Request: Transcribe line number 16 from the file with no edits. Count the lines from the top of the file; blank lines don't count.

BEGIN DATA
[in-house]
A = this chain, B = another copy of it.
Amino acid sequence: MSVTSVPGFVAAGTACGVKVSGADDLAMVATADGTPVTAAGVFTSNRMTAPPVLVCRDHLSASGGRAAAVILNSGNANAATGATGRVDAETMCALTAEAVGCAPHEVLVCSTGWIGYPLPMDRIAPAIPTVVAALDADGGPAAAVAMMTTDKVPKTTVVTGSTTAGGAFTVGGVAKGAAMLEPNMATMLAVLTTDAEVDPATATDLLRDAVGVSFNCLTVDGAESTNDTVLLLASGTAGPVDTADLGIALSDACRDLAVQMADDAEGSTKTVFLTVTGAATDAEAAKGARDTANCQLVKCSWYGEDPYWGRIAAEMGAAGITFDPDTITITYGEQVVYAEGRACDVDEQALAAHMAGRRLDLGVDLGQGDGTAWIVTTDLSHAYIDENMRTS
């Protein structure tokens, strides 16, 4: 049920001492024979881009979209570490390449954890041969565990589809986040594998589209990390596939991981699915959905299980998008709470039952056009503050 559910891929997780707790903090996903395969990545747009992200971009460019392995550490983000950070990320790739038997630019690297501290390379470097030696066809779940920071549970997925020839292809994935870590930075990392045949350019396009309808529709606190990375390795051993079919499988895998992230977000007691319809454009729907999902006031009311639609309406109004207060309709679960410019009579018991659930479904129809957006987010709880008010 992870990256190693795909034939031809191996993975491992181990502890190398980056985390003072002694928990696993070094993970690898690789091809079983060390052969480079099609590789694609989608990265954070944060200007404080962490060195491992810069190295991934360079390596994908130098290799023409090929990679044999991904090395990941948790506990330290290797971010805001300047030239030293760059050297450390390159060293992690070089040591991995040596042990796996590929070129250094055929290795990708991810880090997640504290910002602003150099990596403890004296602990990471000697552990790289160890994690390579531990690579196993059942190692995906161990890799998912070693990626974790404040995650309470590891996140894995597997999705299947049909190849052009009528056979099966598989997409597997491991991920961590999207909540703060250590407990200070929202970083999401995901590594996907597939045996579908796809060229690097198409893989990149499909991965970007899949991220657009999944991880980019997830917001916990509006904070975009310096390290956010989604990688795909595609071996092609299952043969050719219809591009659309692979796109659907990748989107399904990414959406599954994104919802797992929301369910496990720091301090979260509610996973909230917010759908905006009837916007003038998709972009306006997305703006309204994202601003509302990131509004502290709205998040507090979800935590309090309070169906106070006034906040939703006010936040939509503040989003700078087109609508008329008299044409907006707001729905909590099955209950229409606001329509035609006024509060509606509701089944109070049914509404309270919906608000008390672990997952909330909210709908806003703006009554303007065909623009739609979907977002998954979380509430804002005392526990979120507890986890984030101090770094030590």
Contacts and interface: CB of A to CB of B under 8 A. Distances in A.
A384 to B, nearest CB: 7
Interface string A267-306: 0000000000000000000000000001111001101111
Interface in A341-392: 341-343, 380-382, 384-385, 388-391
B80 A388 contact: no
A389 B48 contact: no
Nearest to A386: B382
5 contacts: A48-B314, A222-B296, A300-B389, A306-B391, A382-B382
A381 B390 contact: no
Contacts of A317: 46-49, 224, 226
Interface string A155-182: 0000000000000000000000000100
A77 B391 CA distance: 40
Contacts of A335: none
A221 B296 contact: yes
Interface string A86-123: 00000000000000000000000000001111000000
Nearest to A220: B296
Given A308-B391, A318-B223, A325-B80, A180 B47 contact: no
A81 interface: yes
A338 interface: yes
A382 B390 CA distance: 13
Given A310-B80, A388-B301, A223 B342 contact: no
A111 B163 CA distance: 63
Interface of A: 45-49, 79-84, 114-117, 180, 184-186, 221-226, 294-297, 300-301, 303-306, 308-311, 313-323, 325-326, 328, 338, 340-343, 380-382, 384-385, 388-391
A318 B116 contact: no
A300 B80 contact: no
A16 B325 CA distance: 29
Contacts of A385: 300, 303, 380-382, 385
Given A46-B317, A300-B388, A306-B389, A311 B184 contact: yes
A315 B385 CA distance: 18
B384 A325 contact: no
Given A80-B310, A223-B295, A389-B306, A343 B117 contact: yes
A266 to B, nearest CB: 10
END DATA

A77 B391 CA distance: 40